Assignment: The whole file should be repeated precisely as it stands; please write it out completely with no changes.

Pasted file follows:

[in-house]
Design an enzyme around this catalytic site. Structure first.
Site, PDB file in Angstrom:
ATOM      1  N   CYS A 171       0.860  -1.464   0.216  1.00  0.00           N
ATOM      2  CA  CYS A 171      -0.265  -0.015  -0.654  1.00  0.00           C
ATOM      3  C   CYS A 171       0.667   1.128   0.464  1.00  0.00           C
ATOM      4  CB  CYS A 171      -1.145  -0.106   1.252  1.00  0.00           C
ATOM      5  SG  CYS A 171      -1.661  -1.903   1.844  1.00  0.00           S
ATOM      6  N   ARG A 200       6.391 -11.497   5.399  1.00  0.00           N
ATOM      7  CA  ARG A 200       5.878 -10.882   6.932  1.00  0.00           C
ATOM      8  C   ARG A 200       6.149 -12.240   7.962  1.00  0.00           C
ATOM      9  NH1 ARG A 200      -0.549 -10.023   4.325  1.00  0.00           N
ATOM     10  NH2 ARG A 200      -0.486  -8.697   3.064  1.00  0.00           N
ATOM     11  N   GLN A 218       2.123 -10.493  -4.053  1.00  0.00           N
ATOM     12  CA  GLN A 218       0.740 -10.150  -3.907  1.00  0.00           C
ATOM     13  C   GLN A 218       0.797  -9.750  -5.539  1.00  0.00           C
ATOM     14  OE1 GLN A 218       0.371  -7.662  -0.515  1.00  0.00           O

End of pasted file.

[in-house]
Design an enzyme around this catalytic site. Structure first.
Site, PDB file in Angstrom:
ATOM      1  N   CYS A 171       0.860  -1.464   0.216  1.00  0.00           N
ATOM      2  CA  CYS A 171      -0.265  -0.015  -0.654  1.00  0.00           C
ATOM      3  C   CYS A 171       0.667   1.128   0.464  1.00  0.00           C
ATOM      4  CB  CYS A 171      -1.145  -0.106   1.252  1.00  0.00           C
ATOM      5  SG  CYS A 171      -1.661  -1.903   1.844  1.00  0.00           S
ATOM      6  N   ARG A 200       6.391 -11.497   5.399  1.00  0.00           N
ATOM      7  CA  ARG A 200       5.878 -10.882   6.932  1.00  0.00           C
ATOM      8  C   ARG A 200       6.149 -12.240   7.962  1.00  0.00           C
ATOM      9  NH1 ARG A 200      -0.549 -10.023   4.325  1.00  0.00           N
ATOM     10  NH2 ARG A 200      -0.486  -8.697   3.064  1.00  0.00           N
ATOM     11  N   GLN A 218       2.123 -10.493  -4.053  1.00  0.00           N
ATOM     12  CA  GLN A 218       0.740 -10.150  -3.907  1.00  0.00           C
ATOM     13  C   GLN A 218       0.797  -9.750  -5.539  1.00  0.00           C
ATOM     14  OE1 GLN A 218       0.371  -7.662  -0.515  1.00  0.00           O